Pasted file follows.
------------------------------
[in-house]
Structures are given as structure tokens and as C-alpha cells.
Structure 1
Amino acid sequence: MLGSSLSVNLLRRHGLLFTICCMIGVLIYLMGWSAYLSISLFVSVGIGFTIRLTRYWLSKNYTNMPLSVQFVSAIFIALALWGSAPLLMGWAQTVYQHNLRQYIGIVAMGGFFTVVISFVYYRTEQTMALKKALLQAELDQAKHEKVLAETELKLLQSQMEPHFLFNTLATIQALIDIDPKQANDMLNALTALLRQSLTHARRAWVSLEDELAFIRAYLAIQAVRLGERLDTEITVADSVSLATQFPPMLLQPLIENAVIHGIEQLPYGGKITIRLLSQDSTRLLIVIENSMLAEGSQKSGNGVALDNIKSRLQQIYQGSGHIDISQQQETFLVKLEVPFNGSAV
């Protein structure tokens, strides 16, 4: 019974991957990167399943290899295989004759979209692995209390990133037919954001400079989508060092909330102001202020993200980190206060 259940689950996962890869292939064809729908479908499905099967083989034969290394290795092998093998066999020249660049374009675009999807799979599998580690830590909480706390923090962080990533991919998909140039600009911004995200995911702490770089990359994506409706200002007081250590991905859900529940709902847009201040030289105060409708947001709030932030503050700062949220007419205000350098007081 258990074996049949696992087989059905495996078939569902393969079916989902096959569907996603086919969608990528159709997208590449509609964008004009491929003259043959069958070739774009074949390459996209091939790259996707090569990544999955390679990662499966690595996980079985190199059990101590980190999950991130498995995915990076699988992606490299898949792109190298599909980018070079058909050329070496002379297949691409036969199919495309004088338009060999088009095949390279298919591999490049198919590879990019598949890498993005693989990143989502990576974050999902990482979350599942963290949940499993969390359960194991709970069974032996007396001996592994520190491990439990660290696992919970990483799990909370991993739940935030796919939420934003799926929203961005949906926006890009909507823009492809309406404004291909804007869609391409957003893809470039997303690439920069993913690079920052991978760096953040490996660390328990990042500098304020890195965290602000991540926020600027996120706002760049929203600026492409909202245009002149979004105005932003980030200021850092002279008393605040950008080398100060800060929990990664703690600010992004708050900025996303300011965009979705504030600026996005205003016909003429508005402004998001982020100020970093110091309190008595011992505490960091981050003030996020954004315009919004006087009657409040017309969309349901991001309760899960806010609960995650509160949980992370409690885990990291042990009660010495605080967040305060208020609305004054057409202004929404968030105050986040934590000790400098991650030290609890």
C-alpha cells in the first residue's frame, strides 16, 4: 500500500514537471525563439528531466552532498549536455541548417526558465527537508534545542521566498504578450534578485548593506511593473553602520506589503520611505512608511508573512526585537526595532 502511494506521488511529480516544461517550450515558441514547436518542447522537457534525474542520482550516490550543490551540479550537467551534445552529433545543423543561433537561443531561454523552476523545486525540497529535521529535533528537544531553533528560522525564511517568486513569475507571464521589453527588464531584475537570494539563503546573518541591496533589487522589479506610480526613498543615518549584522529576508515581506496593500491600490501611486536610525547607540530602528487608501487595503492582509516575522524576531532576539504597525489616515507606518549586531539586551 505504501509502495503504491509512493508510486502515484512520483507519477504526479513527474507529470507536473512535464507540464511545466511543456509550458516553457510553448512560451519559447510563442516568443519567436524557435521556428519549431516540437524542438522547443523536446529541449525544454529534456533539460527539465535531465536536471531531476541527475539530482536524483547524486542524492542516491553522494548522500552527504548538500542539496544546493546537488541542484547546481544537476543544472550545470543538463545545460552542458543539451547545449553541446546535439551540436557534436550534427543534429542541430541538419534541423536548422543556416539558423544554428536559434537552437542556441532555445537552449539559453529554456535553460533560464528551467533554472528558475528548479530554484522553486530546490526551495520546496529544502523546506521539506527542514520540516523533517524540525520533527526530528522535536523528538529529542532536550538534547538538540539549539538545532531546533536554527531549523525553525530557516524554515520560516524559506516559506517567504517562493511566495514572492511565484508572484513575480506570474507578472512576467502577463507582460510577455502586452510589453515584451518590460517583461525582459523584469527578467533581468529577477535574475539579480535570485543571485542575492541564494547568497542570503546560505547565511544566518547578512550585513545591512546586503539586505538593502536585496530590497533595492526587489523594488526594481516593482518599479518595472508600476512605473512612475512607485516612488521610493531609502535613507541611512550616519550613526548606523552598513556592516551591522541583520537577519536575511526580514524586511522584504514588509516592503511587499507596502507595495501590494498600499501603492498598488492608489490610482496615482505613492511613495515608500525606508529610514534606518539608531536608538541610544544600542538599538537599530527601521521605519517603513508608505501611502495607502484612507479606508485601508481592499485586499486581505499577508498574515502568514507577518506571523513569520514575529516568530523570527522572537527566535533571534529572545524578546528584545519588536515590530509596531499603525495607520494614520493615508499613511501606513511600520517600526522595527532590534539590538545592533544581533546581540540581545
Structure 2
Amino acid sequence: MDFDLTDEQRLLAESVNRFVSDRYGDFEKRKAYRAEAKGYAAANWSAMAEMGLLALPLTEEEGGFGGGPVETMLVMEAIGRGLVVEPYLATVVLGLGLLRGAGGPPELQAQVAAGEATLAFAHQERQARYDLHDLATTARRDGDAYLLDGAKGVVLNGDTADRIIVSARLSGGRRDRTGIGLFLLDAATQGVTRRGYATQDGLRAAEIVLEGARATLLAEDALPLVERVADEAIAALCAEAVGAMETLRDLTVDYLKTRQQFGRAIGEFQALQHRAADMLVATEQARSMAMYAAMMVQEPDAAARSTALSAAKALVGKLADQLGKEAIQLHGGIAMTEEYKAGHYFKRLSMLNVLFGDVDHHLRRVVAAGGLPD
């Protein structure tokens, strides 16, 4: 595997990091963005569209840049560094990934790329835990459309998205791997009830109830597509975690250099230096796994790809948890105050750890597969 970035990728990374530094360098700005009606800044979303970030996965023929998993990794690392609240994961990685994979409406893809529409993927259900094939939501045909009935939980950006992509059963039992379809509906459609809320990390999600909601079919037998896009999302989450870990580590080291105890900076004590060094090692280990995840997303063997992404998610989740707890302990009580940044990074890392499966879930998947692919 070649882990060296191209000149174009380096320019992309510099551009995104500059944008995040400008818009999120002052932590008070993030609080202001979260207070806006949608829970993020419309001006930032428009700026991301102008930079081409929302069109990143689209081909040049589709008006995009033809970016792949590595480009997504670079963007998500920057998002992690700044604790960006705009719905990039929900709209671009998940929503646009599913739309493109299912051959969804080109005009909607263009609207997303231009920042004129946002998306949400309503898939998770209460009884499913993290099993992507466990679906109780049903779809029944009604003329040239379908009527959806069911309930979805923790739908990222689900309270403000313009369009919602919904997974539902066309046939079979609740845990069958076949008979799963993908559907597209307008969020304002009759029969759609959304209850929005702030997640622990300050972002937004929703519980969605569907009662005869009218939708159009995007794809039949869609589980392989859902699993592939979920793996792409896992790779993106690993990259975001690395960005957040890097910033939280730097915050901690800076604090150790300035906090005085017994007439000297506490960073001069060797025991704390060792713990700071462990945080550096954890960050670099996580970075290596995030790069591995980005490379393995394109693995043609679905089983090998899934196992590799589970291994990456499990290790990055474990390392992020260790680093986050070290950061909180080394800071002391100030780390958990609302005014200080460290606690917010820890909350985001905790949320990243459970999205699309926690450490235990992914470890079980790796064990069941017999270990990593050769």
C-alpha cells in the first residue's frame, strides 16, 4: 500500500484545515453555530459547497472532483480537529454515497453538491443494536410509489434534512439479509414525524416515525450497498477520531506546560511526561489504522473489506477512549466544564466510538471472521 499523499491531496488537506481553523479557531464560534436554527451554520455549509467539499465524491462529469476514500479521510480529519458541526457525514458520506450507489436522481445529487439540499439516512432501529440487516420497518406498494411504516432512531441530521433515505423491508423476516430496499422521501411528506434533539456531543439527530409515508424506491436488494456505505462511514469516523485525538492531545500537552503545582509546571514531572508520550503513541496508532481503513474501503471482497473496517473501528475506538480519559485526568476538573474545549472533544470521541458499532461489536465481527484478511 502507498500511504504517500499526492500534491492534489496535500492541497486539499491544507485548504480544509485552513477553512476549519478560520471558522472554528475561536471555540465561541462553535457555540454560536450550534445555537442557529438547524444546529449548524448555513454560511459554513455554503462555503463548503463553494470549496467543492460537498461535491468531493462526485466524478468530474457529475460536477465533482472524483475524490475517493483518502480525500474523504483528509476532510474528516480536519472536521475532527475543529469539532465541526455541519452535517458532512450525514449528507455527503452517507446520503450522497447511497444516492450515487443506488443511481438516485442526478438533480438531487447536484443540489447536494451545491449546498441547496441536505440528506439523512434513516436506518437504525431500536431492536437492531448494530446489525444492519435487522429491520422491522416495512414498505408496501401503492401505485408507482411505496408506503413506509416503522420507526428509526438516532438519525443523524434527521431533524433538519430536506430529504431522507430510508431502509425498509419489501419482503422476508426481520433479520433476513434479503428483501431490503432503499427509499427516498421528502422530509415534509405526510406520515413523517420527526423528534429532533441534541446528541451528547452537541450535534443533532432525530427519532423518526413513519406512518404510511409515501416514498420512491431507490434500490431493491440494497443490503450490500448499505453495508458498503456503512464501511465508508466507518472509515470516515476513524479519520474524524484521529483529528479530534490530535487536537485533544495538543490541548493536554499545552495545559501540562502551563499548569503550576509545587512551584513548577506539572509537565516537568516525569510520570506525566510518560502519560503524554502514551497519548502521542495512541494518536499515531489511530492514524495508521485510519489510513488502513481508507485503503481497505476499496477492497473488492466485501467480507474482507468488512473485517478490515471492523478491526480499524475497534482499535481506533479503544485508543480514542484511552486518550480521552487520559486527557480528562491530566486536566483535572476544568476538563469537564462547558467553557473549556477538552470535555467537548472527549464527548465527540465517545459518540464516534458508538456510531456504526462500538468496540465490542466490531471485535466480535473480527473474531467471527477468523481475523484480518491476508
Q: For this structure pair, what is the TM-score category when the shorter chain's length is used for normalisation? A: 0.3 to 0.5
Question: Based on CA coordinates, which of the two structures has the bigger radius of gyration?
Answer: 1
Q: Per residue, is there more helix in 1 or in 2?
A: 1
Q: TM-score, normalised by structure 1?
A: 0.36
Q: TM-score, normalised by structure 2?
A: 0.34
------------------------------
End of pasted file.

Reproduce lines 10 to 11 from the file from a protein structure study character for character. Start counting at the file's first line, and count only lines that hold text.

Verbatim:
C-alpha cells in the first residue's frame, strides 16, 4: 500500500484545515453555530459547497472532483480537529454515497453538491443494536410509489434534512439479509414525524416515525450497498477520531506546560511526561489504522473489506477512549466544564466510538471472521 499523499491531496488537506481553523479557531464560534436554527451554520455549509467539499465524491462529469476514500479521510480529519458541526457525514458520506450507489436522481445529487439540499439516512432501529440487516420497518406498494411504516432512531441530521433515505423491508423476516430496499422521501411528506434533539456531543439527530409515508424506491436488494456505505462511514469516523485525538492531545500537552503545582509546571514531572508520550503513541496508532481503513474501503471482497473496517473501528475506538480519559485526568476538573474545549472533544470521541458499532461489536465481527484478511 502507498500511504504517500499526492500534491492534489496535500492541497486539499491544507485548504480544509485552513477553512476549519478560520471558522472554528475561536471555540465561541462553535457555540454560536450550534445555537442557529438547524444546529449548524448555513454560511459554513455554503462555503463548503463553494470549496467543492460537498461535491468531493462526485466524478468530474457529475460536477465533482472524483475524490475517493483518502480525500474523504483528509476532510474528516480536519472536521475532527475543529469539532465541526455541519452535517458532512450525514449528507455527503452517507446520503450522497447511497444516492450515487443506488443511481438516485442526478438533480438531487447536484443540489447536494451545491449546498441547496441536505440528506439523512434513516436506518437504525431500536431492536437492531448494530446489525444492519435487522429491520422491522416495512414498505408496501401503492401505485408507482411505496408506503413506509416503522420507526428509526438516532438519525443523524434527521431533524433538519430536506430529504431522507430510508431502509425498509419489501419482503422476508426481520433479520433476513434479503428483501431490503432503499427509499427516498421528502422530509415534509405526510406520515413523517420527526423528534429532533441534541446528541451528547452537541450535534443533532432525530427519532423518526413513519406512518404510511409515501416514498420512491431507490434500490431493491440494497443490503450490500448499505453495508458498503456503512464501511465508508466507518472509515470516515476513524479519520474524524484521529483529528479530534490530535487536537485533544495538543490541548493536554499545552495545559501540562502551563499548569503550576509545587512551584513548577506539572509537565516537568516525569510520570506525566510518560502519560503524554502514551497519548502521542495512541494518536499515531489511530492514524495508521485510519489510513488502513481508507485503503481497505476499496477492497473488492466485501467480507474482507468488512473485517478490515471492523478491526480499524475497534482499535481506533479503544485508543480514542484511552486518550480521552487520559486527557480528562491530566486536566483535572476544568476538563469537564462547558467553557473549556477538552470535555467537548472527549464527548465527540465517545459518540464516534458508538456510531456504526462500538468496540465490542466490531471485535466480535473480527473474531467471527477468523481475523484480518491476508
Q: For this structure pair, what is the TM-score category when the shorter chain's length is used for normalisation? A: 0.3 to 0.5